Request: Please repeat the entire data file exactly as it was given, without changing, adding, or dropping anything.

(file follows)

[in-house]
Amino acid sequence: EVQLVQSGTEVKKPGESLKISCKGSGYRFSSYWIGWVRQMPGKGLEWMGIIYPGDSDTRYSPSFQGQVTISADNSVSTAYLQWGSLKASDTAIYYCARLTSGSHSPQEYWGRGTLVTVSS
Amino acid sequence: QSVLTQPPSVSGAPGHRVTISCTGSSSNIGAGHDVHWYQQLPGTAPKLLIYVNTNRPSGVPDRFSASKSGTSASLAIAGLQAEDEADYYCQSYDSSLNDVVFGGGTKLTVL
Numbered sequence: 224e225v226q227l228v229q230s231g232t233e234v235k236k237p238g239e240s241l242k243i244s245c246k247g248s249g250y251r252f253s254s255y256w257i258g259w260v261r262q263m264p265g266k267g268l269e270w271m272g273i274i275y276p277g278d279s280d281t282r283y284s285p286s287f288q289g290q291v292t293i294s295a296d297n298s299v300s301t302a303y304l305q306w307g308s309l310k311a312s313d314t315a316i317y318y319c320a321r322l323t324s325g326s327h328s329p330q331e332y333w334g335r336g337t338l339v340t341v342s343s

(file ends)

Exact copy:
[in-house]
Amino acid sequence: EVQLVQSGTEVKKPGESLKISCKGSGYRFSSYWIGWVRQMPGKGLEWMGIIYPGDSDTRYSPSFQGQVTISADNSVSTAYLQWGSLKASDTAIYYCARLTSGSHSPQEYWGRGTLVTVSS
Amino acid sequence: QSVLTQPPSVSGAPGHRVTISCTGSSSNIGAGHDVHWYQQLPGTAPKLLIYVNTNRPSGVPDRFSASKSGTSASLAIAGLQAEDEADYYCQSYDSSLNDVVFGGGTKLTVL
Numbered sequence: 224e225v226q227l228v229q230s231g232t233e234v235k236k237p238g239e240s241l242k243i244s245c246k247g248s249g250y251r252f253s254s255y256w257i258g259w260v261r262q263m264p265g266k267g268l269e270w271m272g273i274i275y276p277g278d279s280d281t282r283y284s285p286s287f288q289g290q291v292t293i294s295a296d297n298s299v300s301t302a303y304l305q306w307g308s309l310k311a312s313d314t315a316i317y318y319c320a321r322l323t324s325g326s327h328s329p330q331e332y333w334g335r336g337t338l339v340t341v342s343s